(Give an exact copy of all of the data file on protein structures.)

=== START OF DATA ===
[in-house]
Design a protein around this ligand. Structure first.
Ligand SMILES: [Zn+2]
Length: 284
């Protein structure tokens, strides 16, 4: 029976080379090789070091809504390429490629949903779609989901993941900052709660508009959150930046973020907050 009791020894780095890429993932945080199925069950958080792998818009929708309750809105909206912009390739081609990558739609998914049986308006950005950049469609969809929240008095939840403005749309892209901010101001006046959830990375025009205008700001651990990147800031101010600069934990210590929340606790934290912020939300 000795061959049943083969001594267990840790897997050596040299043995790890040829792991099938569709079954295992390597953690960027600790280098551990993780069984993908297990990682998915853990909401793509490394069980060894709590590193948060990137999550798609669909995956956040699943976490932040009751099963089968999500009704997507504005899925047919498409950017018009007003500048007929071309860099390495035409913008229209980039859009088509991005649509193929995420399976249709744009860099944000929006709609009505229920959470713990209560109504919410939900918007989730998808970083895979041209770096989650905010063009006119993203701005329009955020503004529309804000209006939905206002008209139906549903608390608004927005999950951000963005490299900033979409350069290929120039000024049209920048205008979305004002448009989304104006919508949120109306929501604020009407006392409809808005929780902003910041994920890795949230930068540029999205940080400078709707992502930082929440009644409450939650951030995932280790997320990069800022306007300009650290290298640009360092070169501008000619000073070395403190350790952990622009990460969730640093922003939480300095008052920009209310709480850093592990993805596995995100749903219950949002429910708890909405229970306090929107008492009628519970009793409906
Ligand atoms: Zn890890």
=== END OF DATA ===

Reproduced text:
[in-house]
Design a protein around this ligand. Structure first.
Ligand SMILES: [Zn+2]
Length: 284
């Protein structure tokens, strides 16, 4: 029976080379090789070091809504390429490629949903779609989901993941900052709660508009959150930046973020907050 009791020894780095890429993932945080199925069950958080792998818009929708309750809105909206912009390739081609990558739609998914049986308006950005950049469609969809929240008095939840403005749309892209901010101001006046959830990375025009205008700001651990990147800031101010600069934990210590929340606790934290912020939300 000795061959049943083969001594267990840790897997050596040299043995790890040829792991099938569709079954295992390597953690960027600790280098551990993780069984993908297990990682998915853990909401793509490394069980060894709590590193948060990137999550798609669909995956956040699943976490932040009751099963089968999500009704997507504005899925047919498409950017018009007003500048007929071309860099390495035409913008229209980039859009088509991005649509193929995420399976249709744009860099944000929006709609009505229920959470713990209560109504919410939900918007989730998808970083895979041209770096989650905010063009006119993203701005329009955020503004529309804000209006939905206002008209139906549903608390608004927005999950951000963005490299900033979409350069290929120039000024049209920048205008979305004002448009989304104006919508949120109306929501604020009407006392409809808005929780902003910041994920890795949230930068540029999205940080400078709707992502930082929440009644409450939650951030995932280790997320990069800022306007300009650290290298640009360092070169501008000619000073070395403190350790952990622009990460969730640093922003939480300095008052920009209310709480850093592990993805596995995100749903219950949002429910708890909405229970306090929107008492009628519970009793409906
Ligand atoms: Zn890890």